The SMH has published an interesting snippet illuminating how some foreign purchasers of Australian residential property side-step the Foreign Investment Review Board (FIRB) by using family members already residing in Australia to buy properties on their behalf:
Buyer’s agent Shane Clinton of Buying Houses Australia says overseas buyers often side-step requirements that they only buy new property by purchasing established dwellings in the name of already established family members.
“The significant investor visa has taken a while to get traction, it’s building now, but it means that to date 99 per cent of my clients have been buying outside the recommended visa guidelines,” he said.
In Mosman, where more than 30 per cent of prestige sales last year were to buyers from China, McGrath agent Michael Coombs said of the eight sales he made to Chinese buyers in the past six months, three were to visa holders and five were purchased in the names of a family member.”
According to the above quotes, foreign purchases of pre-existing homes through family members looks to be substantial, raising doubts over whether the reported 5,091 existing homes sold in 2012-13 (valued at $5.42 billion) is anywhere near accurate (see below table).
Unfortunately, there seems to be little that can be done to regulate foreign purchases through family members residing in Australia, since there is no easy way for FIRB to ascertain that such sales have taken place.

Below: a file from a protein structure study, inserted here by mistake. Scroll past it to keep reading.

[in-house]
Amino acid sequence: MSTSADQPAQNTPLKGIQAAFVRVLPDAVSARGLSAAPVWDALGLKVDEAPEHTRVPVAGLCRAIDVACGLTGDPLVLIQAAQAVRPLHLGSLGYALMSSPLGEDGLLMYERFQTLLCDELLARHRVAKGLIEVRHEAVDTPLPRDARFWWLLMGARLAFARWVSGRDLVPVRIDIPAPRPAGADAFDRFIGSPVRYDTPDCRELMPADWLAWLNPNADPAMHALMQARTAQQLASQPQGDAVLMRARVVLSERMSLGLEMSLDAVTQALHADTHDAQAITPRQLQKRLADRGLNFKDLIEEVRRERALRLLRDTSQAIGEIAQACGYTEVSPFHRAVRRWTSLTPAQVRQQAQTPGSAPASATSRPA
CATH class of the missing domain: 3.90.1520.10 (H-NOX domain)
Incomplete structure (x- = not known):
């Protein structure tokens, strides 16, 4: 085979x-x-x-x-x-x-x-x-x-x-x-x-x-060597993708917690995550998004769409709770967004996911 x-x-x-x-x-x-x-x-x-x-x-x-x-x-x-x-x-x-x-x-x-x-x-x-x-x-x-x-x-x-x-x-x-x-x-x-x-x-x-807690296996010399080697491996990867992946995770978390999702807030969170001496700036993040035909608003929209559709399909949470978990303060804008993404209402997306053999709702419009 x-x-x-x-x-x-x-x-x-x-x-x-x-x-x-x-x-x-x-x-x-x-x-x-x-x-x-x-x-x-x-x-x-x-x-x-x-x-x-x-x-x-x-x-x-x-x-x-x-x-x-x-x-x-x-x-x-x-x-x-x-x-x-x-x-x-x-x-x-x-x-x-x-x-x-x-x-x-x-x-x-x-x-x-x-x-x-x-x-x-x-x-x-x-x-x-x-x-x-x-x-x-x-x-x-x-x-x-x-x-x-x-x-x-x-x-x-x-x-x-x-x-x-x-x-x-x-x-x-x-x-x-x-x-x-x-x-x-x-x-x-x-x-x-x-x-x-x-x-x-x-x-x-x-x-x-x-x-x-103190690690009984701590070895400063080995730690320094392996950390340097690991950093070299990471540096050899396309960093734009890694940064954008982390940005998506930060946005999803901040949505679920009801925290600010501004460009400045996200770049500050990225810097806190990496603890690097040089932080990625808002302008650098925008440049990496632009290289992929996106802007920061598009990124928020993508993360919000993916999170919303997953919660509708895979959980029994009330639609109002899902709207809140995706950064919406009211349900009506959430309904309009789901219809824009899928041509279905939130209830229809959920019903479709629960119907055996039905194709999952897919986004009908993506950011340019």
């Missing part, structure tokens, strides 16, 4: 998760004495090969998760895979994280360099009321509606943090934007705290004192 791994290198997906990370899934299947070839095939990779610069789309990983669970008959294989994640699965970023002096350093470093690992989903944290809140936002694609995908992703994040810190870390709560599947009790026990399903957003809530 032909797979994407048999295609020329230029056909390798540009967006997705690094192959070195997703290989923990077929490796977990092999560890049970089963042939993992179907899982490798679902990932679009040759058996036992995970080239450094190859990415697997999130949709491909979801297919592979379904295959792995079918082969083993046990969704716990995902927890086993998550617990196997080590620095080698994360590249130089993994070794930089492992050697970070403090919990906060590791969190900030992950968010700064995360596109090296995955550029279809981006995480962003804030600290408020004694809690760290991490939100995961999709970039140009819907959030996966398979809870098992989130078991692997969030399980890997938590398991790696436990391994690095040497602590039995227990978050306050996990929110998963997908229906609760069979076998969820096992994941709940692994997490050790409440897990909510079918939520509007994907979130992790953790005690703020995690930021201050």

As such, the best way of ameliorating the price impacts caused by foreign investment is to free-up the supply process, so that the extra demand from foreigners (whether for new or pre-existing dwellings) leads to a large increase in dwelling construction, not just higher prices.
As noted correctly by MacroBusiness reader, Pfh007 yesterday:
If the market for housing was not dysfunctional there would be little or no interest from foreign buyers.
Holding an illiquid asset in a foreign jurisdiction with a lot of aggravation (tenants) to earn your rental yield is not attractive to most investors.
The fact that there is so much interest from foreign buyers is a big fat yellow canary.
Fix the distortions on the supply and demand side and the foreign interest will evaporate.
So while the Government’s inquiry into foreign real estate investment should certainly review the efficacy of purchasing pre-existing dwellings, it’s important to not lose sight of Australia’s other policies that have made foreign investment in residential real estate attractive in the first place, along with the need to implement a broad-based land tax to discourage homes from being kept vacant.